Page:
Monday, December 1, 2008

Indian Spinach (basale soppu, valchi bhajji)

Indian Spinach (Basella alba) also popularly called malabar Spinach, is a distant relative of the Spinach family. It grows as a vine and can attain length of up to 10 meters. it is a fantastic source of iron, vitamin A, vitamin C & calcium. other names are In Kannada Basale soppu, in Konkani Valchi bajji, In bengali pui shak.

The main characteristic feature is the presence of thick mucilage in the leaves & stem, which apart from high nutritive value, also is used in variety of dishes to get thicker gravy, or in soups.


Following are the methods used in the cultivation of Indian Spinach Basella Alba under monsoon conditions.

1. Selection of vines
this is the most important criteria for getting a long and steady harvest. The vines can be obtained in the local market , which are sold as wreath bundle. only the best and healthy vines should be used to transplant in the main field while the diseased, old, weak ones are left out. then they are thoroughly washed & kept in a moist place, or water is sprayed on them everyday till the day it is planted.

2. Cutting the vines
Here the selected vines are cut to a length of up to 2 feet, and all the lower leaves removed, keeping only the leaves at the tip/apex of the vine. This is done for polarity to identify which part of the vine is planted in soil & which part is to be trained over a supporting structure.

3. Providing support
since this is a monsoon technique, support must be provided to the growing vines as they should not come in contact with the wet soil, as the growing tips will be succeptable to rot and other fungal diseases.
Making the trellis
  • the land selected to make the trellis to train the vines must have little slope to prevent water from stagnation.
  • rows are dug with width of about 2 feet & pits are made in these rows to a depth of about 2 feet
  • at every 2 meter distance bamboo poles must be placed along the length of the row
  • a concave cut must be made on top of each bamboo pole so that it can support the weight of additional poles and sticks which will be placed on it (see fig 1)

fig 1

fig 2

  • the poles are then tied with the help of GI wire, or rope (see fig 2)
  • between the 2 poles , sticks of certain thickness are placed diagonally as shown and tied with wire or rope.
  • the already cut vines are then planted on the south side of the poles & it is tied with thin rope to make it erect (see fig 3)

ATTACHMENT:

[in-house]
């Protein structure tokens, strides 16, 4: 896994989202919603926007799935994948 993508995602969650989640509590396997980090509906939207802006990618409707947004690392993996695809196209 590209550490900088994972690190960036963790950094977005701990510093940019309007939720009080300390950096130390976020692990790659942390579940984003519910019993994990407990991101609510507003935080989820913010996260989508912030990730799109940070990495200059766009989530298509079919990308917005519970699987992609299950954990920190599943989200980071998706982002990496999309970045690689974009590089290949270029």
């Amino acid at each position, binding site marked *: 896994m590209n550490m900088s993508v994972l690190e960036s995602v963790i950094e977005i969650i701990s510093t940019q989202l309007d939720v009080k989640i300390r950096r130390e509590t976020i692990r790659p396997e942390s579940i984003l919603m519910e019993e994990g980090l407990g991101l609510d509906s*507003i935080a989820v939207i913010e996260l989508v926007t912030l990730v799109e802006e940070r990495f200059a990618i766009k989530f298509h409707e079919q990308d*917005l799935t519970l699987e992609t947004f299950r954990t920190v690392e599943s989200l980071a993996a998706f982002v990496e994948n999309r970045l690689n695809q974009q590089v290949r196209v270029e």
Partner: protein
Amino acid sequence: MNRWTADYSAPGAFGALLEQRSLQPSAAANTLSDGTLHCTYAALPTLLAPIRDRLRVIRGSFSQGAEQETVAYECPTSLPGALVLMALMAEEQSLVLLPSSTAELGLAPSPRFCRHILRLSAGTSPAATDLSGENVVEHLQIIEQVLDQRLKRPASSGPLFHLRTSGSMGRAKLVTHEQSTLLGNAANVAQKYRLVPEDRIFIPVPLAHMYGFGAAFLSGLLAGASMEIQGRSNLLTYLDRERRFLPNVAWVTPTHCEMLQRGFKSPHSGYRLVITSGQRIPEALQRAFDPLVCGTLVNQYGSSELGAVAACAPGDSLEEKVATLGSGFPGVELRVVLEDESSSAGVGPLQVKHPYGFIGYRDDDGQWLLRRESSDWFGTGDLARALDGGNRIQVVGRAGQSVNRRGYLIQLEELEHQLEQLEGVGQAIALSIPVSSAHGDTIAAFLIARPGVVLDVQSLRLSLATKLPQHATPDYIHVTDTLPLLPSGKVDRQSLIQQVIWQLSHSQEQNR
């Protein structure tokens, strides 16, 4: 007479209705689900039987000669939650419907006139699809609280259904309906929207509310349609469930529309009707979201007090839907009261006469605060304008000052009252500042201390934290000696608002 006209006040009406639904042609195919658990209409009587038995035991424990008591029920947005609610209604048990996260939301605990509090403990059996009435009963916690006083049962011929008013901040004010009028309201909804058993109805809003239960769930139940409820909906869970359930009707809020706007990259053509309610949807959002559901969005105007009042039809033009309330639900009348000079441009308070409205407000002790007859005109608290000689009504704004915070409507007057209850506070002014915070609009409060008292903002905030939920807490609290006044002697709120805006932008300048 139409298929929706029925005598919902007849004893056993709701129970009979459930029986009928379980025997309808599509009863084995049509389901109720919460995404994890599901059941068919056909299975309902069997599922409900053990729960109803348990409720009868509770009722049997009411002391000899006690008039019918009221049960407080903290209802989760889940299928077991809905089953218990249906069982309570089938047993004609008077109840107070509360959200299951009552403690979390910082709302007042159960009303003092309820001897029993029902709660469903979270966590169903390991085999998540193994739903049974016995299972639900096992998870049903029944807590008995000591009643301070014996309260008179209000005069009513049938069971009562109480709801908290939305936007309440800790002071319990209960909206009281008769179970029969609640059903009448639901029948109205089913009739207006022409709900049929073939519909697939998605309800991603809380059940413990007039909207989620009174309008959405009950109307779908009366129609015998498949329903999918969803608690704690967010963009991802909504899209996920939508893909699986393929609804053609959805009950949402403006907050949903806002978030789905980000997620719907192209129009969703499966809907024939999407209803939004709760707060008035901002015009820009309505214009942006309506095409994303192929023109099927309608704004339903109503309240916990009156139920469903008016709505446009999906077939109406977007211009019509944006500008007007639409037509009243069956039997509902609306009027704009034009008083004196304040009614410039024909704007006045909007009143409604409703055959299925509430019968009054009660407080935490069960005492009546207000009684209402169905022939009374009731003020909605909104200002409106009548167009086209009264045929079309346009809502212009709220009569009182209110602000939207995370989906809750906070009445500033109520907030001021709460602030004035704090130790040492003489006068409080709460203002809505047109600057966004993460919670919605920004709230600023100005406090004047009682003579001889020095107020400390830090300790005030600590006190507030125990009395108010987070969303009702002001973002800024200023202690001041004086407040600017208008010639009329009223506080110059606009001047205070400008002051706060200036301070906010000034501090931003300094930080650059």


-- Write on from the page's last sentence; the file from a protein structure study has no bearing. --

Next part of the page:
• the growing vines will climb over the trellis , not coming in direct contact with the soil
  • vines will be ready for harvest after a period of over 2 months.
fig 3 erect vines tied with thin rope

fig 4 one view of trellis

fig 5 after 21 days,

fig 6 after 30 days, weak vines must be pruned to allow more shoot development

since this is a monsoon technique of growing spinach, no irrigation is needed, however care must be taken to note that at this critical stage of its growth, there must be no water stagnation at the base of the vine. this will result in rotting of the stem & death of the entire vine

Fertilizer application & inter culture
  • at the time of planting the cut vines in the soil, the land must contain good amounts of decomposed farm yard manure and compost.
  • application of certain strains of bacteria also help in quick root formation and absorption of soil nutrients
  • each vine must have a minimum of 2 to 3 buckets of manure. & application is repeated at an interval of 21 days.
  • care must be followed to see that the growing stem does not come in direct contact with the manure. so the manure must be added at a little distance. This is when the vine is just transplanted. since its tender , it might not be able to handle the manure load.
  • At every interval of manure application, weeding must be done & soil is loosened at allow good aeration or it will result is hardening of the soil.

fig 7 75 days after transplanting

fig 8


since temperature and light are 2 main limiting factors, the growth of the vines is slow & harvesting can be done on commercial scale only after gap of more than 50 days. but regular pruning of long , weak vines is done at weekly intervals to facilitate growth of new shoots.

when the monsoons subside harvesting can be done after 90 days from date of transplanting.

fig 9 90 days after transplanting

Photos and content by Pritham 'Heavy metal farmer' denzil dsouza


  1. really your tips if only i had green fingers like yours

  2. Laudable documentation. Your blog is a handbook on cultivation of DK vegetables. Keep up the good work!

  3. Wow my all time faovrite. We have this on our farm :)